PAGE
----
Escape From Hormone Horrors — What You Can Do

From PMS to perimenopause and on into menopause, hormonal ups and downs can wreak havoc on a woman's life. Here’s how to escape the horror hormones cause.

From the WebMD Archives

Hormones! From PMS to menopause, these messengers of womanhood can affect your mood, your weight, your food cravings - even your desire for sex. For many women, it's smooth sailing, but for others, it's a shipwreck at every turn of the hormonal bend.

"Women can be, and many are, greatly affected by hormone fluctuations. Sometimes it gets to the point of feeling totally overwhelmed - as if for a time they have lost control of their life," says Christiane Northrup, MD, author of The Wisdom of Menopause and Women's Bodies Women's Wisdom.Dieting, stress, anxiety, depression - even exercise -are all among the factors that can create a hormonal tailspin. So there are plenty of opportunities for things to go awry.

At the same time, Northrup tells WebMD, there are many opportunities to change the way you feel. "Sometimes, even the smallest changes can make a huge difference," she says.

To help you escape from your chamber of "hormone horrors," WebMD asked Northrup and other top women's health experts for advice on how to cope with hormones - from menstruation through menopause and beyond.

Hormone horrors: The reproductive years

For many women, the hallmark of the reproductive years is not pregnancy but PMS - in particular the mood-related symptoms.

"Medically speaking, anything that occurs right before your period - such as cramps, diarrhea, and breast tenderness - is considered pre-menstrual syndrome," says Steven R. Goldstein, MD, professor of obstetrics and gynecology at NYU Medical Center in New York City. But for most women it's the mood issues that become the defining factor for what we know as PMS." And, says Goldstein, this can include anything from mild to moderate depression, anxiety, mood swings, melancholia, sensitivity, even full-blown anger and self-hatred.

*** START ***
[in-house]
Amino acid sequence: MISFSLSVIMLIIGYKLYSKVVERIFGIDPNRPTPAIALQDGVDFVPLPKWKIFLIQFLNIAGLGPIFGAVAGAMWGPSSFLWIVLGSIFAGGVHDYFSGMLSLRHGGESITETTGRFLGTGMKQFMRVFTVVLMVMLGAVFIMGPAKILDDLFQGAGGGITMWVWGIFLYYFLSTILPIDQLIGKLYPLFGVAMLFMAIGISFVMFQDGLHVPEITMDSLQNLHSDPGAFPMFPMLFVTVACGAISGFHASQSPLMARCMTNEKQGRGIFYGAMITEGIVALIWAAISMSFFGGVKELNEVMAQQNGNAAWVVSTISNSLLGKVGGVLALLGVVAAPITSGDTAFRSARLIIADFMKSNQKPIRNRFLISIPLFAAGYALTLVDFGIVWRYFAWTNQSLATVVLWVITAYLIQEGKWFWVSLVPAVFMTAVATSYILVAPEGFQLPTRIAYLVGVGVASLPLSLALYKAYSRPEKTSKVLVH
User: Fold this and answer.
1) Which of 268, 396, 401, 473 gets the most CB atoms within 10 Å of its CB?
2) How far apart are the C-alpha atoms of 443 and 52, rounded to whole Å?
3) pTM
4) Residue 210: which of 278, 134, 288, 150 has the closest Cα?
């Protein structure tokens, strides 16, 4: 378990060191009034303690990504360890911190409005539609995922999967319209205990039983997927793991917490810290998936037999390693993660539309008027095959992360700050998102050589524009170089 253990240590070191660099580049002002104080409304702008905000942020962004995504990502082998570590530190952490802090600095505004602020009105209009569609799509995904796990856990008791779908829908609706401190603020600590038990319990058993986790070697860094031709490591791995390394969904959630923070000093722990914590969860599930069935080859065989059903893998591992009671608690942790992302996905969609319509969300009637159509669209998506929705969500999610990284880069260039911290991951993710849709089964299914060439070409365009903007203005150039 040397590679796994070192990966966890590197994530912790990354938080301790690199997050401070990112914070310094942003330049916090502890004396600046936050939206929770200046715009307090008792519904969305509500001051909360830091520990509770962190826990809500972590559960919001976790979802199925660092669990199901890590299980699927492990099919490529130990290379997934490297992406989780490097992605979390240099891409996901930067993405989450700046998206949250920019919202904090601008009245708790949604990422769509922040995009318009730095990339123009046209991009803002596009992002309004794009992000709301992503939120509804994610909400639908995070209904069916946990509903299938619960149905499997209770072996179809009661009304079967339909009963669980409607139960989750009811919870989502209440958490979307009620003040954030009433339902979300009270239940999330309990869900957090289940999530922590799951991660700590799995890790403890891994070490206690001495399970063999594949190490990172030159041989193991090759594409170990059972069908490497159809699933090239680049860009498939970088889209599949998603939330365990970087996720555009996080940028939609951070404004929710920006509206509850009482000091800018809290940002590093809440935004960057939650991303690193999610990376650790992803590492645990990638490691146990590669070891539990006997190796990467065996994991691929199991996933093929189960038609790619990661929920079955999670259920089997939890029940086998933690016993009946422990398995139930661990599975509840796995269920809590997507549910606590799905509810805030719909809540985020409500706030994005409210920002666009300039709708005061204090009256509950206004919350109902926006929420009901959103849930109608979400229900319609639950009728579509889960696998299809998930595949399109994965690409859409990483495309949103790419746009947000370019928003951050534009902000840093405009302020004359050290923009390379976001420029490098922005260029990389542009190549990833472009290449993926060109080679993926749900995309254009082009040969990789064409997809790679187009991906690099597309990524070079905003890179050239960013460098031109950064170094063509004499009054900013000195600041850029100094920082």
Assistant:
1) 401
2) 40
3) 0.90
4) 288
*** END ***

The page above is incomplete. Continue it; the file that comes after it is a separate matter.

Indeed, Northrup says women who are premenstrual are apt to perceive comments made about them as negative, even when they are not.

Experts say that mood swings and other symptoms do not necessarily indicate abnormal hormone levels. "Every study done on women with PMS shows their circulating levels of hormones are normal," says Nanette Santoro, MD. Santoro is director of the Division of Reproductive Endocrinology at Montefiore Medical Center and the Albert Einstein College of Medicine in New York City. "But some researchers believe that certain hormone metabolites in the brain cause the mood changes - or that some women just metabolize hormones differently. No one knows for sure."

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But while doctors may not know what is causing your symptoms, there are ways to control them. "You can't change your physiology," says Northup. "But you can change your life. Very often when you do, your hormones respond in a favorable way."

PMS: What you can do

One of the first lines of defense, says Northrup, is to reduce salt intake. Limiting salt will reduce bloating - including water retention in the brain. That, in turn, may ease both physical and emotional symptoms. Northrup also advocates cutting out sugar and limiting caffeine, both of which can make PMS symptoms worse.

And while medical studies remain scant, Northrup also believes women should avoid diet sodas and sweets containing aspartame (NutraSweet) and foods containing MSG (monosodium glutamate). "Both are loaded with excitotoxins, chemicals that impact brain cells and can make PMS symptoms worse," she says.